Don’t blame anyone if you cheat, Kenyan athletes forewarned
Kenyan athletes found to have cheated should not look for scapegoats but instead carry their own cross.
That was the verdict from the annual doping conference attended by more than 200 athletes and officials from Athletics Kenya and Athletics Integrity Unit (AIU) at an Eldoret hotel yesterday.
Christened ‘I choose Integrity’, an AIU analysis at the conference revealed that 74 per cent of the podium finishers in Gold Label road races were not included in out-of-competition testing pools as required, hence the need for the workshop to enlighten them on the dangers of not doing so.
AIU has partnered with Anti-Doping Agency of Kenya (ADAK) and AK to popularise their newly-launched Road Running Integrity Programme for 2020.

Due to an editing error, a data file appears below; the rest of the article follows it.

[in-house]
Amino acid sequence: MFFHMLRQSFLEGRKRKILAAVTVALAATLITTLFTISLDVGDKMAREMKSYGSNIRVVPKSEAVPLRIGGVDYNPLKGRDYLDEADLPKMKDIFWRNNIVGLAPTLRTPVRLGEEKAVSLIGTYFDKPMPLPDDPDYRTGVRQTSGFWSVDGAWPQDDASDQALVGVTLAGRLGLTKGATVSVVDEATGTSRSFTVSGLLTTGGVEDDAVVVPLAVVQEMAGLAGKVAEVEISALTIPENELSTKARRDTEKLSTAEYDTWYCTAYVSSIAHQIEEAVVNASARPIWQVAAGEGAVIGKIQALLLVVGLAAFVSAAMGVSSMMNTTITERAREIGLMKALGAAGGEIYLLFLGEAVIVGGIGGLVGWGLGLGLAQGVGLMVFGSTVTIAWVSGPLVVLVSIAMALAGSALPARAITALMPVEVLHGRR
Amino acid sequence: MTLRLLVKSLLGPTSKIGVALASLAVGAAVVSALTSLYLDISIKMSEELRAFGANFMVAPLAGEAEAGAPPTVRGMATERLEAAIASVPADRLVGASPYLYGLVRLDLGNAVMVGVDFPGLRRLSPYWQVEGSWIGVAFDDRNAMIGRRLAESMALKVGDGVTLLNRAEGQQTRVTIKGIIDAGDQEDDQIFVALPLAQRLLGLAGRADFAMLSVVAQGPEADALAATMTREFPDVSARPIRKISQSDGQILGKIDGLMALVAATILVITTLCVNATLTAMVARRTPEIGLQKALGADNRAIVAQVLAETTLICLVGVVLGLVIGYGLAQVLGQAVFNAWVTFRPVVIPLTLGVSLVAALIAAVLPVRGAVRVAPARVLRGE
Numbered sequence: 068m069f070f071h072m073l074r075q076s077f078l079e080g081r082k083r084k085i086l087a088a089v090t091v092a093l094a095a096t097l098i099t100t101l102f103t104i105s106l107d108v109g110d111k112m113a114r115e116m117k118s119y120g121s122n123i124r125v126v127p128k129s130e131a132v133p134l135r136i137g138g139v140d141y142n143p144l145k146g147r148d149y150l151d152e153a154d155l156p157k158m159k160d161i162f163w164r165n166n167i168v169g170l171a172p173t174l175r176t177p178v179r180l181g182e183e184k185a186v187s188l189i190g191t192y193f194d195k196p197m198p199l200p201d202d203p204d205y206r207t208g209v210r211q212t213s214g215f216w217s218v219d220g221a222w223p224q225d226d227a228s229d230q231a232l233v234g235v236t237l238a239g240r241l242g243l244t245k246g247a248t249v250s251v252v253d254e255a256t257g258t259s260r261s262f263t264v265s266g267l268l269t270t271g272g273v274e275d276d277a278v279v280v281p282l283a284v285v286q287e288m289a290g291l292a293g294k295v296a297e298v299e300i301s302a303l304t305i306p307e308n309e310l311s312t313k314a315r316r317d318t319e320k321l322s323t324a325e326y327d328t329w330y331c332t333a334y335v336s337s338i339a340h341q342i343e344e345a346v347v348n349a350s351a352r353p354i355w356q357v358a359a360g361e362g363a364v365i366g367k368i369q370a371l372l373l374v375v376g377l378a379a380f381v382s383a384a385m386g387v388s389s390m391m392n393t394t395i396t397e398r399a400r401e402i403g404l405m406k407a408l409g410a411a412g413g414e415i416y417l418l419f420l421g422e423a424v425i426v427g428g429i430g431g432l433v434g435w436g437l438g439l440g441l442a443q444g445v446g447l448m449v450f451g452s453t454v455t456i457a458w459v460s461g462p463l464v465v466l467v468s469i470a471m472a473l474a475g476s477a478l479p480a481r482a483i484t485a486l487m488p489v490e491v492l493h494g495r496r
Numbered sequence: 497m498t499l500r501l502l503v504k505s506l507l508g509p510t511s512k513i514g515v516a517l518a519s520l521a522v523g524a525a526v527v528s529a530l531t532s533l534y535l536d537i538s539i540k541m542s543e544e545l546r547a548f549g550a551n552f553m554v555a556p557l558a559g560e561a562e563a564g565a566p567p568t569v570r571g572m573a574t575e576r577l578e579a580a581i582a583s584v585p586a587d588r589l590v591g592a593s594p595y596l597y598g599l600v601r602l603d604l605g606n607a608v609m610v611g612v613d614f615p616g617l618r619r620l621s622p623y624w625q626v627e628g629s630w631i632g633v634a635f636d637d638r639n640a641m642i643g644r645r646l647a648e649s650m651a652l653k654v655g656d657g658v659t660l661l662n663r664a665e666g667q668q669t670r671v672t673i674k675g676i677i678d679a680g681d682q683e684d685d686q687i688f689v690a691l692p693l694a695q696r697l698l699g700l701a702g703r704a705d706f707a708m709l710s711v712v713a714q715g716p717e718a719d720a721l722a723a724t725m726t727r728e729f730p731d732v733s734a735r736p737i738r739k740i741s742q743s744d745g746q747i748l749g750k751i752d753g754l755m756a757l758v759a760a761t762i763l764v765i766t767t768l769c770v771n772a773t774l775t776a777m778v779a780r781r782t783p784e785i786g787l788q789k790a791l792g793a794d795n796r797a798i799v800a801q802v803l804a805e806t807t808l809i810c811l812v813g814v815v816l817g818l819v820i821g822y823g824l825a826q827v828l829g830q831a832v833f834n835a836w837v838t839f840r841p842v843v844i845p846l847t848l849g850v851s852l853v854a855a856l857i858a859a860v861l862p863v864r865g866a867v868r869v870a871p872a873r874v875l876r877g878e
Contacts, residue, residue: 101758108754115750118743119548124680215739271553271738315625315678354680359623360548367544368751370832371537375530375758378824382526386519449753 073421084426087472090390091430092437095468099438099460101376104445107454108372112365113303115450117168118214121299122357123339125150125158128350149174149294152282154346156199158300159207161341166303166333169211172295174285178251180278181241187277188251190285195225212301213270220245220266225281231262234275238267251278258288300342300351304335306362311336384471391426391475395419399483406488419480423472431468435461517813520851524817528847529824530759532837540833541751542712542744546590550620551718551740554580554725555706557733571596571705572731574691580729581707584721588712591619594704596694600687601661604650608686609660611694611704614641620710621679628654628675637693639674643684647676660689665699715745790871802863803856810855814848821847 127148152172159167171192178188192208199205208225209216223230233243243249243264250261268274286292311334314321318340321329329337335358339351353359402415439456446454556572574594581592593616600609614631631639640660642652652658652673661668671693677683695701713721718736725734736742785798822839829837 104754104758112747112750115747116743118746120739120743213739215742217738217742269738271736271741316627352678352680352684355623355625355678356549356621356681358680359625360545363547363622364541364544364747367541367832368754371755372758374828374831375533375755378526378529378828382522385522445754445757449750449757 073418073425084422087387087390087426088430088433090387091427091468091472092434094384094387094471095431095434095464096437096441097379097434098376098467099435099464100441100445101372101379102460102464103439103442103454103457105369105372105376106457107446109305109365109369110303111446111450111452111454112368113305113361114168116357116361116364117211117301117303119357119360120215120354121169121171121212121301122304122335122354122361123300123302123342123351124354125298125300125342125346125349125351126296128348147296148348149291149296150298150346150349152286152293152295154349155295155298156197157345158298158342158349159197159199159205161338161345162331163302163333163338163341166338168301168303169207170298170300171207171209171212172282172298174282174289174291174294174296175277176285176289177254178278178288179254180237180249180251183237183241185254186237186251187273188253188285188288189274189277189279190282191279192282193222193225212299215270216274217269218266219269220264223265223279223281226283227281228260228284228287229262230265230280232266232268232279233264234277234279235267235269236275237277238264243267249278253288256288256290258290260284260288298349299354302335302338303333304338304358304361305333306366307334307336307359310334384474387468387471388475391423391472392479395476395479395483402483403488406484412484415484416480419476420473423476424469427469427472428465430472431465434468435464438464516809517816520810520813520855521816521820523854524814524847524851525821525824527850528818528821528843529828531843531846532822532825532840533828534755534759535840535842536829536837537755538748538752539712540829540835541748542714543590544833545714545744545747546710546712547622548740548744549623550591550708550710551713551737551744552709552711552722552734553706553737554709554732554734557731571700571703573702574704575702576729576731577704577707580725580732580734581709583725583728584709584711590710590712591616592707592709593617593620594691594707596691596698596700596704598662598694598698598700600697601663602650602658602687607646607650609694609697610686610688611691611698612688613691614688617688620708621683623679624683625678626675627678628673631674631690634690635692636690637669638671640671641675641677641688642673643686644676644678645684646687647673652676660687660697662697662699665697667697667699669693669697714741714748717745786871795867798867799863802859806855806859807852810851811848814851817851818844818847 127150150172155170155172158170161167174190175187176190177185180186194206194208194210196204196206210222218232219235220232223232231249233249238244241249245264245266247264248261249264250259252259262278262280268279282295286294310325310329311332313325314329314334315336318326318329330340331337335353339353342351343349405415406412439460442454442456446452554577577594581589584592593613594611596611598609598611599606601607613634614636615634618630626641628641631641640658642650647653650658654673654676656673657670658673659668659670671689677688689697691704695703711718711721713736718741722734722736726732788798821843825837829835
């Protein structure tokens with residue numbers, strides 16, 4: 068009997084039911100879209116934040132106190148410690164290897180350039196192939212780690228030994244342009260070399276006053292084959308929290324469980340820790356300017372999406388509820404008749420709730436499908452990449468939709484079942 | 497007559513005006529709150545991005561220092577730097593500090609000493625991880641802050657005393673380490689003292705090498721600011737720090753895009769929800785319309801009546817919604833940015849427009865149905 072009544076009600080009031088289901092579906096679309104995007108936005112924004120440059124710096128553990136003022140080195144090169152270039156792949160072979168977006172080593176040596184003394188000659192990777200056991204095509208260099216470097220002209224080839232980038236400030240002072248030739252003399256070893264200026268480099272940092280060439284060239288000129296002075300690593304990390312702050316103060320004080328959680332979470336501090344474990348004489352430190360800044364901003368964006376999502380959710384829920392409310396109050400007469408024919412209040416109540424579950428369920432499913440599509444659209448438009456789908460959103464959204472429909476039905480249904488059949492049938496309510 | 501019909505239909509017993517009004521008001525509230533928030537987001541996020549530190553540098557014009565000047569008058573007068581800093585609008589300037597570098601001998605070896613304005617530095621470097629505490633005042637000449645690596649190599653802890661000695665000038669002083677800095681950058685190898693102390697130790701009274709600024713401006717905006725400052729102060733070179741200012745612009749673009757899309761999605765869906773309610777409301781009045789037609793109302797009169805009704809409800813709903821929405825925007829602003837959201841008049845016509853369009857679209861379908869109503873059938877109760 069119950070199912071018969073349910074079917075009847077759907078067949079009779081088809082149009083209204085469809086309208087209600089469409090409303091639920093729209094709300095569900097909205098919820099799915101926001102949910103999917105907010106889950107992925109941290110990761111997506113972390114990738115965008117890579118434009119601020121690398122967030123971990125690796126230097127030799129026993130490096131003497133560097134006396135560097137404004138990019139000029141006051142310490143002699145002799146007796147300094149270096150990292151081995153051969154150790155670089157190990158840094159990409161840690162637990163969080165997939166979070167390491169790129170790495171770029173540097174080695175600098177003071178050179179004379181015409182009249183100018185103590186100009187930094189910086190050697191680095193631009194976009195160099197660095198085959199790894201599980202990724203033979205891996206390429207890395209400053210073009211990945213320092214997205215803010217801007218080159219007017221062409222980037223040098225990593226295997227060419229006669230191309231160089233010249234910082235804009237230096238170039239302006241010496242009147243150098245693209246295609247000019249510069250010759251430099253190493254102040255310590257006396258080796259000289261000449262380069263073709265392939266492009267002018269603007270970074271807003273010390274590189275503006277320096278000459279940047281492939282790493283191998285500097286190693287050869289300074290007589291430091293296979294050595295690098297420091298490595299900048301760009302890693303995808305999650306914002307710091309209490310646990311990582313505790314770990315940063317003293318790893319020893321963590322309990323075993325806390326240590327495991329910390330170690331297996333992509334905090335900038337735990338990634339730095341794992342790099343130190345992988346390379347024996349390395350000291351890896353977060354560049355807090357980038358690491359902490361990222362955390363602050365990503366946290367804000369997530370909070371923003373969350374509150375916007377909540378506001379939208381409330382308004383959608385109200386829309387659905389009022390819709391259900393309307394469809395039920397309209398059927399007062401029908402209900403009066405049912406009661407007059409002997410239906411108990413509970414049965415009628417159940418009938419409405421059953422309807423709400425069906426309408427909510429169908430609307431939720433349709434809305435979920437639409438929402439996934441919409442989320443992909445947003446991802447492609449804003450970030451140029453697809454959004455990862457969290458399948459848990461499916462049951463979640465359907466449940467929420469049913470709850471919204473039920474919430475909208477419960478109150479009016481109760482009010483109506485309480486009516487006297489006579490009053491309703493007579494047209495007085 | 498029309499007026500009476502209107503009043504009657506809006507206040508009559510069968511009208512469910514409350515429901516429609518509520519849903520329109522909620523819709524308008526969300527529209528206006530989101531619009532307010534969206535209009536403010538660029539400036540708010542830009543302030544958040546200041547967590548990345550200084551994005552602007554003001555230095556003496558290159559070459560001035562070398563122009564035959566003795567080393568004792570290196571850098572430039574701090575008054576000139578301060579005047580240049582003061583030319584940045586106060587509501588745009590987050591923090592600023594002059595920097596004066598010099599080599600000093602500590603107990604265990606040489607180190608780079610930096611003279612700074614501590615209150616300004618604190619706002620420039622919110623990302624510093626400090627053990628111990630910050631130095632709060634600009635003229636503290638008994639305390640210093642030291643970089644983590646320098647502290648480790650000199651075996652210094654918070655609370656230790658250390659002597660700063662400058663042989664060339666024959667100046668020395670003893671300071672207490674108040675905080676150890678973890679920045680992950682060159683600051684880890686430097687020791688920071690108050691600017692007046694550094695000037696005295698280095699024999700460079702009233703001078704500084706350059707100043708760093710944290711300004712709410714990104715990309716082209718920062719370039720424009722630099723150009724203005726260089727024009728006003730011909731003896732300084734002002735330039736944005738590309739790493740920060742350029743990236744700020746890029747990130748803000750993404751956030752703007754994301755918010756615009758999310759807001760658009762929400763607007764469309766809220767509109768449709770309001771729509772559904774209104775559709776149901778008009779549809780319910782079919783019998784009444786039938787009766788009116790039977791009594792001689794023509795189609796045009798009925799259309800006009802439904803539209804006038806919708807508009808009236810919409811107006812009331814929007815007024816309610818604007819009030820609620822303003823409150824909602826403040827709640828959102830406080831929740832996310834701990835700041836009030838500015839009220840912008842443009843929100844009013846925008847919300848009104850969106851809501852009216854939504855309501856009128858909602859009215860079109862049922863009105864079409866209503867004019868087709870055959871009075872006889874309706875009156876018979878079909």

“Those who will be found to have used banned substances will carry their own cross. Do not blame anyone because that is why we have these workshops to educate athletes but some of them do not listen,” said AK Central Rift branch Abraham Mutai.
World 800m record holder David Rudisha said education is important in curbing the doping menace in Kenya.
“We are privileged to have a team of AIU here in collaboration with AK and ADAK. I am happy they are doing their best to see to it that this sport does well since Kenya is an athletics powerhouse,” said Rudisha.
AIU official Thomas Capdevielle wan non-committal if Kenya will be removed from the doping watch list, saying: “At the moment, there has been a lot of cases which complicates the matter.”